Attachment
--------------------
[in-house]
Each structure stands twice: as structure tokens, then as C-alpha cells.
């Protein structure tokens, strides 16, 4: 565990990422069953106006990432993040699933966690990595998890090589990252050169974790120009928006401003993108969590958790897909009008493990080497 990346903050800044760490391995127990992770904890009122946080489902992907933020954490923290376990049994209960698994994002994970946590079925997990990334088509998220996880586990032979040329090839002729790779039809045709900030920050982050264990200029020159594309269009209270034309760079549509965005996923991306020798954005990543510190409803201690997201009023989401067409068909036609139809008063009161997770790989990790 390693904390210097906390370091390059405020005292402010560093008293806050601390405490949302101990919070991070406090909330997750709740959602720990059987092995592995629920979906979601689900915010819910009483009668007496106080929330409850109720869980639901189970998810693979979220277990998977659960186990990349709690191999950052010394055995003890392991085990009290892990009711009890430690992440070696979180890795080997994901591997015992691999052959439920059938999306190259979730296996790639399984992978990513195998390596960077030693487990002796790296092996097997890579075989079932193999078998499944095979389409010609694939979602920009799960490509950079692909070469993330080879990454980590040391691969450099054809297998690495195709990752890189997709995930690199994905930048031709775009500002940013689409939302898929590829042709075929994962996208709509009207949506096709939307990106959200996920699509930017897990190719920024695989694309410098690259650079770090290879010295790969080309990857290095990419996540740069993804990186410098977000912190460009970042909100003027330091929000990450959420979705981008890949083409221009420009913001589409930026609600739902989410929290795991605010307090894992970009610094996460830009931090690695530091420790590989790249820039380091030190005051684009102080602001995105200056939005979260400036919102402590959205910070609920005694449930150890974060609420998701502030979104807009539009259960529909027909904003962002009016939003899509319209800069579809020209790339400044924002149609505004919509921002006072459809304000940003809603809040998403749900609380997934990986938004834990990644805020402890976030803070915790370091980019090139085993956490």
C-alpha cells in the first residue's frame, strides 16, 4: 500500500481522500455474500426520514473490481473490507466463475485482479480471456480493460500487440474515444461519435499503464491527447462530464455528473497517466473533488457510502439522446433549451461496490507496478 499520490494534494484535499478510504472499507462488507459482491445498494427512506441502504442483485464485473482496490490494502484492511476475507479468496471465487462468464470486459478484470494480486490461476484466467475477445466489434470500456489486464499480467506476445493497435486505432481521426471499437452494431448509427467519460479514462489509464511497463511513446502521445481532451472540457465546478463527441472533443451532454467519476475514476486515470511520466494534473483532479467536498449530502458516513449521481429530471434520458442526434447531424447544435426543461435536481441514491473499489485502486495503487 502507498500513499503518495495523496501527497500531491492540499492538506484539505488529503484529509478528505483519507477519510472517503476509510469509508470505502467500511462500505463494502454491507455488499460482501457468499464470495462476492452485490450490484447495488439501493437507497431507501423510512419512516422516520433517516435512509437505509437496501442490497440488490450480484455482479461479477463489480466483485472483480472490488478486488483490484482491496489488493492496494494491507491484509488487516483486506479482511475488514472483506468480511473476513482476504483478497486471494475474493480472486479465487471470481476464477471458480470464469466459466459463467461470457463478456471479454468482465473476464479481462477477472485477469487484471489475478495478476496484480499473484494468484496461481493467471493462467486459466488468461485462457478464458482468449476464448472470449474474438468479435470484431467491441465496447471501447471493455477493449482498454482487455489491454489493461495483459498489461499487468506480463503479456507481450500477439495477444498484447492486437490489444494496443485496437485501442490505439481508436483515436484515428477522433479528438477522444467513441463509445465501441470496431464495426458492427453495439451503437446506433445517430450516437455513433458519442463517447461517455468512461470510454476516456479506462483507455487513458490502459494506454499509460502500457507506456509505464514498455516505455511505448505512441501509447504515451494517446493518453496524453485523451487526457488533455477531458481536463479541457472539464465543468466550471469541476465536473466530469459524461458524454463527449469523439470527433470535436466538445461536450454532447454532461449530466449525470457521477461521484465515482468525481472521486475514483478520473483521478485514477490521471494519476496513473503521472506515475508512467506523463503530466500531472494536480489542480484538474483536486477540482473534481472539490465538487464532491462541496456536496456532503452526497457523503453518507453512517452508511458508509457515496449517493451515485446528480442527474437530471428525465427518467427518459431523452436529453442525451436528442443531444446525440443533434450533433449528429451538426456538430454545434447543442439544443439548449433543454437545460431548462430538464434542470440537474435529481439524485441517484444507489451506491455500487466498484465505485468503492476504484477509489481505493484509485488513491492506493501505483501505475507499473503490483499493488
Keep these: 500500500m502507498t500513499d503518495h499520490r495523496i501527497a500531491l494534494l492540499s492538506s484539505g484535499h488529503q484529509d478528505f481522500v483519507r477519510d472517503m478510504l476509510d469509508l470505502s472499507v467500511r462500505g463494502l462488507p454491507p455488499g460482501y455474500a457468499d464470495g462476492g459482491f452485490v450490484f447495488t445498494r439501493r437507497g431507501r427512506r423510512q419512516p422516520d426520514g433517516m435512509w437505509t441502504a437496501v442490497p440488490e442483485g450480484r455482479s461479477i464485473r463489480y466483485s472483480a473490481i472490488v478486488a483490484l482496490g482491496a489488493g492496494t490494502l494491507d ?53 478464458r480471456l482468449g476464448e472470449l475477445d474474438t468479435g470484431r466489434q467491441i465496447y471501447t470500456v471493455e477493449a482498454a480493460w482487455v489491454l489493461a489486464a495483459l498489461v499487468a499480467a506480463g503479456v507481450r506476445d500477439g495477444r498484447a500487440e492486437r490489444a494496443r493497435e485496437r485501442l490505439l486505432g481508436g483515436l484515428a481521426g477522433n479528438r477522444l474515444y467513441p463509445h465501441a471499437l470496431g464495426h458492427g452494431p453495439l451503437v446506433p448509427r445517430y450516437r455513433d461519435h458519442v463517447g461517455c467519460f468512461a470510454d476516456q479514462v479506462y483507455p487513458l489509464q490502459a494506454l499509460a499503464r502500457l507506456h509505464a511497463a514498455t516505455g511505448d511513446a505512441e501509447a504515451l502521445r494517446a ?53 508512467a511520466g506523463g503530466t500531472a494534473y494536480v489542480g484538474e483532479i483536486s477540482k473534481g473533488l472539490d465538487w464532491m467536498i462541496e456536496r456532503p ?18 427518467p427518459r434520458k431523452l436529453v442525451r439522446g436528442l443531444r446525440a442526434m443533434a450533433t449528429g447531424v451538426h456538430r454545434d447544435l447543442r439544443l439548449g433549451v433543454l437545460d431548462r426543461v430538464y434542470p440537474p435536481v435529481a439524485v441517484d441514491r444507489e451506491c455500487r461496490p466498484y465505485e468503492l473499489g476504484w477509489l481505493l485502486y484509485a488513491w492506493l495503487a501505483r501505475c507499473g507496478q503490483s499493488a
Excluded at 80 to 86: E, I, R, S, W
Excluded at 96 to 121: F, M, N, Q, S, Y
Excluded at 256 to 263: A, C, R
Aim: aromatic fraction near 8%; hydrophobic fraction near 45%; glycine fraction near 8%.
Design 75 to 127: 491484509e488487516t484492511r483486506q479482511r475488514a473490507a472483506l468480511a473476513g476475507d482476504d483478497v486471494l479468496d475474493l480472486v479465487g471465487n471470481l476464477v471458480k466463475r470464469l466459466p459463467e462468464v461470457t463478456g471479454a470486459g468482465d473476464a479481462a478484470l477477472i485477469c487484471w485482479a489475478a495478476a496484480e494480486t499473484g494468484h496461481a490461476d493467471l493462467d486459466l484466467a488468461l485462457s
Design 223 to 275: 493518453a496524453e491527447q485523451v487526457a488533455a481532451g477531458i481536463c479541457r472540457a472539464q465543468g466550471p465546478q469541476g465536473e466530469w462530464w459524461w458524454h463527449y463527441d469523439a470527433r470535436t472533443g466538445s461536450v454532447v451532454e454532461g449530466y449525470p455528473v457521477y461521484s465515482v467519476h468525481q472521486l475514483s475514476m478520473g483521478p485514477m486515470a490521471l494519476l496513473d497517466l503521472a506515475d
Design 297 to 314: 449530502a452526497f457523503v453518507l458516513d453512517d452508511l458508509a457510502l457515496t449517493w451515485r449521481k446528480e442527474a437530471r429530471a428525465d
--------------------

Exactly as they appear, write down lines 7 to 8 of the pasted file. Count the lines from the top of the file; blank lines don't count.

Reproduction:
Excluded at 96 to 121: F, M, N, Q, S, Y
Excluded at 256 to 263: A, C, R